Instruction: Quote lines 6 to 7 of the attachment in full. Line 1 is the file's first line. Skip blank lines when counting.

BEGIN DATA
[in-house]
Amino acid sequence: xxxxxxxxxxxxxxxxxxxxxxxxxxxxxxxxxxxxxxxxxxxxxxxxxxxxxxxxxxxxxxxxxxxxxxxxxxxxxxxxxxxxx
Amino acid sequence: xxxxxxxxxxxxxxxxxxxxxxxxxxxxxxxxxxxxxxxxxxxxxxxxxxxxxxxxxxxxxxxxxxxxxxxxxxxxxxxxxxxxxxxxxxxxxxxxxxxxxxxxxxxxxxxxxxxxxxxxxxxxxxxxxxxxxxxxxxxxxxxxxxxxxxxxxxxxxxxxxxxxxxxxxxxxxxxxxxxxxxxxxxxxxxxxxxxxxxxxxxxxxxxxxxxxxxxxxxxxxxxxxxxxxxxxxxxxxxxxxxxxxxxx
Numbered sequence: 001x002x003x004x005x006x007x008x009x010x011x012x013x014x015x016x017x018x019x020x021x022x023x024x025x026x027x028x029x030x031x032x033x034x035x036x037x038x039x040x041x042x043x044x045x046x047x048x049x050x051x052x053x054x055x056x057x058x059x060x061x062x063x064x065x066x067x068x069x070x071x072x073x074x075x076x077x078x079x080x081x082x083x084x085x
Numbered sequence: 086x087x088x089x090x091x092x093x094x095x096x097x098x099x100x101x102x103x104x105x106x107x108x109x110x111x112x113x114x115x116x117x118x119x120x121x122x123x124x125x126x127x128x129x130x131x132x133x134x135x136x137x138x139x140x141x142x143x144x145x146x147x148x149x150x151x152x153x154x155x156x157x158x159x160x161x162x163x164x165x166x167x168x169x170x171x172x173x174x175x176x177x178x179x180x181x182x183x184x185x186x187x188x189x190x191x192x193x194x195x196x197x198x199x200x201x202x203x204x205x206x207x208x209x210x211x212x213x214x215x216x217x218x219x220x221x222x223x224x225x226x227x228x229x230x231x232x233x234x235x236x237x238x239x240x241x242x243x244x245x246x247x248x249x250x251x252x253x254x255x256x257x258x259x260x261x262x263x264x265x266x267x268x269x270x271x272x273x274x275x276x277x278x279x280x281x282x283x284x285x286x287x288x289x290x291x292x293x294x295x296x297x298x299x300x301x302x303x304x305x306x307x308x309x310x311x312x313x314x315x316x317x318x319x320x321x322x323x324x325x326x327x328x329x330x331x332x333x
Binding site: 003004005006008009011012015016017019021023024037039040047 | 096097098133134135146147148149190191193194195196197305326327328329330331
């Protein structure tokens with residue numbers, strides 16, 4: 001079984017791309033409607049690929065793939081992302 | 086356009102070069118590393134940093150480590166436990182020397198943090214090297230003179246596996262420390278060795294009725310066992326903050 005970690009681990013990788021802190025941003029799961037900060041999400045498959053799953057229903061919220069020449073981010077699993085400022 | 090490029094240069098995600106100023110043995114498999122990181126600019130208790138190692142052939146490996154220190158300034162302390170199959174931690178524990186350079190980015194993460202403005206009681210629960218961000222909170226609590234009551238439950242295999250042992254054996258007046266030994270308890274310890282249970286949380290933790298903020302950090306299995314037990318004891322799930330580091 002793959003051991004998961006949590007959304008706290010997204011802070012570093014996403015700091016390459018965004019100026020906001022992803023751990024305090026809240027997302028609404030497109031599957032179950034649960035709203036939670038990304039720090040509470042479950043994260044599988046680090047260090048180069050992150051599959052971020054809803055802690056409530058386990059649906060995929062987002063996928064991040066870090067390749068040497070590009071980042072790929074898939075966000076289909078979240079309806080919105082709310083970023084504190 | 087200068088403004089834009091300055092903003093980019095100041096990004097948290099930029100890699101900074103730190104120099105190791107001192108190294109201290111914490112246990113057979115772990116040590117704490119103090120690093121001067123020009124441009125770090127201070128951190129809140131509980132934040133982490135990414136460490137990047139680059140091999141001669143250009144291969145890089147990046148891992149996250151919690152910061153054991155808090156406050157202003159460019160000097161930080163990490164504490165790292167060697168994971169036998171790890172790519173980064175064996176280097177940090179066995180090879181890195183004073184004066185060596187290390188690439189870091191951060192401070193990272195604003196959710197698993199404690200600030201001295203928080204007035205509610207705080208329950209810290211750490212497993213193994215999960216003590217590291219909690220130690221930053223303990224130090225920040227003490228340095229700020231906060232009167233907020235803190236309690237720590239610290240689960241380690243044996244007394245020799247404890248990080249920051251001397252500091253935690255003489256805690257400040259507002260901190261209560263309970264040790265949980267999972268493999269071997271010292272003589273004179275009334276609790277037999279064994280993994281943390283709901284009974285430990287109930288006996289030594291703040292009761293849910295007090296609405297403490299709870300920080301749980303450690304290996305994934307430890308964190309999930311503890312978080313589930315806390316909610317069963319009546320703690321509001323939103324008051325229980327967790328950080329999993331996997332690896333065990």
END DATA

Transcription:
Binding site: 003004005006008009011012015016017019021023024037039040047 | 096097098133134135146147148149190191193194195196197305326327328329330331
């Protein structure tokens with residue numbers, strides 16, 4: 001079984017791309033409607049690929065793939081992302 | 086356009102070069118590393134940093150480590166436990182020397198943090214090297230003179246596996262420390278060795294009725310066992326903050 005970690009681990013990788021802190025941003029799961037900060041999400045498959053799953057229903061919220069020449073981010077699993085400022 | 090490029094240069098995600106100023110043995114498999122990181126600019130208790138190692142052939146490996154220190158300034162302390170199959174931690178524990186350079190980015194993460202403005206009681210629960218961000222909170226609590234009551238439950242295999250042992254054996258007046266030994270308890274310890282249970286949380290933790298903020302950090306299995314037990318004891322799930330580091 002793959003051991004998961006949590007959304008706290010997204011802070012570093014996403015700091016390459018965004019100026020906001022992803023751990024305090026809240027997302028609404030497109031599957032179950034649960035709203036939670038990304039720090040509470042479950043994260044599988046680090047260090048180069050992150051599959052971020054809803055802690056409530058386990059649906060995929062987002063996928064991040066870090067390749068040497070590009071980042072790929074898939075966000076289909078979240079309806080919105082709310083970023084504190 | 087200068088403004089834009091300055092903003093980019095100041096990004097948290099930029100890699101900074103730190104120099105190791107001192108190294109201290111914490112246990113057979115772990116040590117704490119103090120690093121001067123020009124441009125770090127201070128951190129809140131509980132934040133982490135990414136460490137990047139680059140091999141001669143250009144291969145890089147990046148891992149996250151919690152910061153054991155808090156406050157202003159460019160000097161930080163990490164504490165790292167060697168994971169036998171790890172790519173980064175064996176280097177940090179066995180090879181890195183004073184004066185060596187290390188690439189870091191951060192401070193990272195604003196959710197698993199404690200600030201001295203928080204007035205509610207705080208329950209810290211750490212497993213193994215999960216003590217590291219909690220130690221930053223303990224130090225920040227003490228340095229700020231906060232009167233907020235803190236309690237720590239610290240689960241380690243044996244007394245020799247404890248990080249920051251001397252500091253935690255003489256805690257400040259507002260901190261209560263309970264040790265949980267999972268493999269071997271010292272003589273004179275009334276609790277037999279064994280993994281943390283709901284009974285430990287109930288006996289030594291703040292009761293849910295007090296609405297403490299709870300920080301749980303450690304290996305994934307430890308964190309999930311503890312978080313589930315806390316909610317069963319009546320703690321509001323939103324008051325229980327967790328950080329999993331996997332690896333065990």